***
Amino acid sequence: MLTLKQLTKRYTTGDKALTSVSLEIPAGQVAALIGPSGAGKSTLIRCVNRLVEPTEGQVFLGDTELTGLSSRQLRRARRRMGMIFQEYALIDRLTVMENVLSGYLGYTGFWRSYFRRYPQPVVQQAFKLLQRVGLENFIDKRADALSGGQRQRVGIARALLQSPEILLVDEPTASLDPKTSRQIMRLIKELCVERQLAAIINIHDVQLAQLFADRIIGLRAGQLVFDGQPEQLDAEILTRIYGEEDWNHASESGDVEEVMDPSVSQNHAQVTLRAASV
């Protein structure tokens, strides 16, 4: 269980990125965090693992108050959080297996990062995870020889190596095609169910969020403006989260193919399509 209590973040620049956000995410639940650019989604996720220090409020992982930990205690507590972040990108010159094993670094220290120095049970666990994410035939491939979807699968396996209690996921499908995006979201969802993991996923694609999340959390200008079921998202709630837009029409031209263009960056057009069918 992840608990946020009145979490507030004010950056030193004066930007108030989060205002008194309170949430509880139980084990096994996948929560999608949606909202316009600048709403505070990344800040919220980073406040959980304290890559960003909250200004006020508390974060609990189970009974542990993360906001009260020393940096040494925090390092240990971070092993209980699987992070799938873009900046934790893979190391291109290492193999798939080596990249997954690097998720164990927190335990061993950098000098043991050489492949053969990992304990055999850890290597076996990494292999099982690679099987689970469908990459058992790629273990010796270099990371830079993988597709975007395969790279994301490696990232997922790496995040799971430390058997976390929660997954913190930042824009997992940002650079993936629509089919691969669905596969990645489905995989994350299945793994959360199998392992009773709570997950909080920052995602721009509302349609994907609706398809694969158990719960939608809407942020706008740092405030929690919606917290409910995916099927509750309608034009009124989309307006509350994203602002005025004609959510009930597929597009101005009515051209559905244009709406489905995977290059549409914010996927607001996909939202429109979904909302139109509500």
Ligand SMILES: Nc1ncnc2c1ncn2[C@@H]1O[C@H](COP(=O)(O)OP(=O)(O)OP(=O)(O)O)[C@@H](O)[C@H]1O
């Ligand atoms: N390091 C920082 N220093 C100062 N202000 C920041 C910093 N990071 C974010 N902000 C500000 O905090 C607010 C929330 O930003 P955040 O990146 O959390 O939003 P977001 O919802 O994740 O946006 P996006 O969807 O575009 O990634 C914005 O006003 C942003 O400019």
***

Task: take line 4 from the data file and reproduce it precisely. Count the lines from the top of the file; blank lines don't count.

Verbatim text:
């Ligand atoms: N390091 C920082 N220093 C100062 N202000 C920041 C910093 N990071 C974010 N902000 C500000 O905090 C607010 C929330 O930003 P955040 O990146 O959390 O939003 P977001 O919802 O994740 O946006 P996006 O969807 O575009 O990634 C914005 O006003 C942003 O400019």